Pei Cobb Freed and Partners

Flushing, Landmarks Preservation Commission

In a rare case, the RKO Keith’s Flushing Theater is an interior landmark, but the building it’s inside is not landmarked. Built in 1928 to the designs of noted theater architect Thomas Lamb, the elaborately ornamented Churrigueresque-style movie palace has sat decrepit for the past three decades, until Chinese firm Xinyuan Real Estate (they’re also behind Williamsburg’s Oosten condo and the forthcoming Hell’s Kitchen condo that will be anchored by a Target) bought the vacant theater for $66 million last year with plans to develop it into a 269-unit luxury condo. Moving ahead with this vision, they’ve tapped Pei Cobb Freed & Partners and preservation specialists Ayon Studio to erect a 16-story glass tower at the site, which includes plans to “enclose the interior landmark, and to disassemble, restore off-site, and reinstall salvaged ornamental plasterwork and woodwork and replicas” in a new residential lobby. Despite some opposition from the Historic Districts Council (HDC) regarding public accessibility, the Landmarks Preservation Commission voted in favor of the plan, congratulating the architects and expressing great admiration for their design.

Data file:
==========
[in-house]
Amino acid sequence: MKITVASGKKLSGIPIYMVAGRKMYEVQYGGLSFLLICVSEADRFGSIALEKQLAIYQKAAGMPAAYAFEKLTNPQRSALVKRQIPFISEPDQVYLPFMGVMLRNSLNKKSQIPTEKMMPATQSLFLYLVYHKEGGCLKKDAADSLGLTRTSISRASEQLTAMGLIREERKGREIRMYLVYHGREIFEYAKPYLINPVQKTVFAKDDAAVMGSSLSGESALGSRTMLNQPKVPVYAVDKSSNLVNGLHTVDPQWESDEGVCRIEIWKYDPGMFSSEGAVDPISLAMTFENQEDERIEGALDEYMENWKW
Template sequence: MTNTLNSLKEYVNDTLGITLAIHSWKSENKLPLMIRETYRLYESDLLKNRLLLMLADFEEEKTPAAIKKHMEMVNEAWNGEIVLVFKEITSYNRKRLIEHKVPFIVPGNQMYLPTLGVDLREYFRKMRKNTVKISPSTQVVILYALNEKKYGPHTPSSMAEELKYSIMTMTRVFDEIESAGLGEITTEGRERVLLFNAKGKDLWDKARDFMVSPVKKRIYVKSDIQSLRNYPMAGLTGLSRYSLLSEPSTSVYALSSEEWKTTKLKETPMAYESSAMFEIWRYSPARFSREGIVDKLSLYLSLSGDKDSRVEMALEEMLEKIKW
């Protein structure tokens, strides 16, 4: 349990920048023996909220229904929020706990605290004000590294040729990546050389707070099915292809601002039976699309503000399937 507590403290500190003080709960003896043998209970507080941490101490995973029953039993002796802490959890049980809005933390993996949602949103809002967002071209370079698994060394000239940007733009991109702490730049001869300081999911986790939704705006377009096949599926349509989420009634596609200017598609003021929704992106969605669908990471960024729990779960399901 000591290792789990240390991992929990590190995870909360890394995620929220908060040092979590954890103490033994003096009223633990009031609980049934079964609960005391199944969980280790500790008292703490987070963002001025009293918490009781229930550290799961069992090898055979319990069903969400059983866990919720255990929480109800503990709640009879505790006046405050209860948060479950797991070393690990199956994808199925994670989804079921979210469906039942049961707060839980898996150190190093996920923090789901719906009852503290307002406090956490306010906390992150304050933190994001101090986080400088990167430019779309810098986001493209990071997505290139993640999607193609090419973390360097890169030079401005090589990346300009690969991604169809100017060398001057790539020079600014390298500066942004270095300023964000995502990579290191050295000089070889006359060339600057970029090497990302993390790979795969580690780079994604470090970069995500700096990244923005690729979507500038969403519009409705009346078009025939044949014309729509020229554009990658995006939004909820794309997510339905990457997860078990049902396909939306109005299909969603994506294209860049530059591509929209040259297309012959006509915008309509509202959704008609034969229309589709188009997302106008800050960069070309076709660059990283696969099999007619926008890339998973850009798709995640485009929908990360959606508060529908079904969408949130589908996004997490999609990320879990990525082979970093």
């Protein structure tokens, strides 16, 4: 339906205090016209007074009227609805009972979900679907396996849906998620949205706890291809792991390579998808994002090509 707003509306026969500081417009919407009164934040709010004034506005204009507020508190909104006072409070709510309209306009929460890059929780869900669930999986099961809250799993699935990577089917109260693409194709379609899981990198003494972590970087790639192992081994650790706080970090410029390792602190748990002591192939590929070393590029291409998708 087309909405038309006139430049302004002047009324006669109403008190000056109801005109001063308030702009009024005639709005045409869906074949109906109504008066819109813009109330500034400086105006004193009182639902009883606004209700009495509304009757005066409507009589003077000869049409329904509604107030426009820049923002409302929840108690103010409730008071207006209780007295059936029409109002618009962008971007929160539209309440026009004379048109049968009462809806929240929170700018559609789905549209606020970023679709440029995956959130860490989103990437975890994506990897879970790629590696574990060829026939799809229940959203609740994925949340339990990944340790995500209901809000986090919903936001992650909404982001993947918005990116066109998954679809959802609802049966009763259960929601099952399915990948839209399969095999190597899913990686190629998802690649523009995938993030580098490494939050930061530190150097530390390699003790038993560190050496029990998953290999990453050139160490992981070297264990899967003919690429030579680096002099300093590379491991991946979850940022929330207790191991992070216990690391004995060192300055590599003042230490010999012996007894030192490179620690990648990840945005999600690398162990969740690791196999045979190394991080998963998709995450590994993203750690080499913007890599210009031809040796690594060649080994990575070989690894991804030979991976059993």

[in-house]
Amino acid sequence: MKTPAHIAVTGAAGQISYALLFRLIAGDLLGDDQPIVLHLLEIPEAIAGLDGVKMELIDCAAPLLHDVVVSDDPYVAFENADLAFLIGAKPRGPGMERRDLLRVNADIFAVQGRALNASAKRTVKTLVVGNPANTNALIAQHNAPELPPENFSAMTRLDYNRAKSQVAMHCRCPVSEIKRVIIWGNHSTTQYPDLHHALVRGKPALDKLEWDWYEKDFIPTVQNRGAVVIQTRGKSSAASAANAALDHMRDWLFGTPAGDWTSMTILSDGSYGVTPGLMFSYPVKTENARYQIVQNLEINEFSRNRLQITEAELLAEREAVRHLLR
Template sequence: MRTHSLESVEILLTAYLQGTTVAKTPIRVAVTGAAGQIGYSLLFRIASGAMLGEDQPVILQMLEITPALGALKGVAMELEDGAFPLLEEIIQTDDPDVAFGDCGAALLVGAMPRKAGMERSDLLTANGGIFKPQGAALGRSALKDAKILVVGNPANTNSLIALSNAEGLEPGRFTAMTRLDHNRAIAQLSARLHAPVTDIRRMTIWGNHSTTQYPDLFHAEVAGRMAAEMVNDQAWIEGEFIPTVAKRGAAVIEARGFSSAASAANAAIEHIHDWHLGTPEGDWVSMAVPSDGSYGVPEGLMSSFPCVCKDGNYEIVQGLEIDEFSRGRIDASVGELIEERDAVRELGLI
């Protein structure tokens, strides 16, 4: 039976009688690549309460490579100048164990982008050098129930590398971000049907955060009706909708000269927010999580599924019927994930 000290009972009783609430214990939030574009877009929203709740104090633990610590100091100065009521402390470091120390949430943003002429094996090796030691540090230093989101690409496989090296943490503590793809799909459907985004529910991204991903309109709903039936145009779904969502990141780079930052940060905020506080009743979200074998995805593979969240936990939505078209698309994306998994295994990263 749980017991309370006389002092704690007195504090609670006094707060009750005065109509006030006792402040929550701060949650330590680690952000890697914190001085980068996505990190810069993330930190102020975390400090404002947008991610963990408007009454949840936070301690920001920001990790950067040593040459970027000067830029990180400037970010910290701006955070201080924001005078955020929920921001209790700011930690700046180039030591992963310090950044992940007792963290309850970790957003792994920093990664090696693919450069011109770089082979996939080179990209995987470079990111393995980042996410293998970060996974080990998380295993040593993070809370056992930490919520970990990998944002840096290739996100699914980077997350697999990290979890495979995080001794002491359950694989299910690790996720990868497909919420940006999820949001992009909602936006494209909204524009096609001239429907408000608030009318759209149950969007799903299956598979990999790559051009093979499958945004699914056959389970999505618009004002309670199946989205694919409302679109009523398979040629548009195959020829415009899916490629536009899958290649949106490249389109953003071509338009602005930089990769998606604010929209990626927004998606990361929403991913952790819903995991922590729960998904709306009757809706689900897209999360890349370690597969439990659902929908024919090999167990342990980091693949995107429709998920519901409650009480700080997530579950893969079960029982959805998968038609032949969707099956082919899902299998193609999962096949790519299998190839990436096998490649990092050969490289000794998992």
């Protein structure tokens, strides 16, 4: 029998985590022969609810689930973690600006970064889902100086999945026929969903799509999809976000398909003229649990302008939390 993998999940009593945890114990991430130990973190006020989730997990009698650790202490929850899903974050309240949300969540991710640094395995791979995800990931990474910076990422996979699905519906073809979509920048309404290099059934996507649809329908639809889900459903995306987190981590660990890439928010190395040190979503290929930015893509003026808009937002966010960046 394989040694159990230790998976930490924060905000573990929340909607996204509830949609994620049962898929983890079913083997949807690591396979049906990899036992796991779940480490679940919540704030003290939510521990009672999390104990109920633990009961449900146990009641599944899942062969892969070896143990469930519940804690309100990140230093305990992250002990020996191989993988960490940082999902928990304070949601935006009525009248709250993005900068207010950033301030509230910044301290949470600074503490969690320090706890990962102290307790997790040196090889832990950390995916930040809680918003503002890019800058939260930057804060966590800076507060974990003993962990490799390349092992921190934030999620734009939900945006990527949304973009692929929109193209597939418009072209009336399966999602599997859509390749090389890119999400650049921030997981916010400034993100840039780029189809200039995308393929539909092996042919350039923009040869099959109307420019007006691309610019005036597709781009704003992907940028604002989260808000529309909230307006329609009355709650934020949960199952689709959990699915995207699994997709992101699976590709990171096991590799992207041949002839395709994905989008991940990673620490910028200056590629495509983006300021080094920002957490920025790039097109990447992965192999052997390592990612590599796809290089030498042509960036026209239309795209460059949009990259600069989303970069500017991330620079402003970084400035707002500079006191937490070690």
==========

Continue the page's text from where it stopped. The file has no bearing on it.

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affordable housing, Harlem, housing lotteries

East 124th Street, East Harlem, Affordable Housing

Applications are currently being accepted for middle-income units at the Tapestry in East Harlem. Located at 245 East 124th Street, the 12-story, 185-unit rental building sits near the base of the Triborough Bridge. It was built in 2010 to the designs of Pei Cobb Freed & Partners and MHG Architects and features amenities like a concierge, garage, spacious green roofs and landscaped terraces, bike storage, fitness center, and a media and entertainment lounge. The middle-income homes available range from $1,927/month studios to $2,611/month two-bedrooms set aside for New Yorkers making between $67,406-$158,500 annually.

Find out if you qualify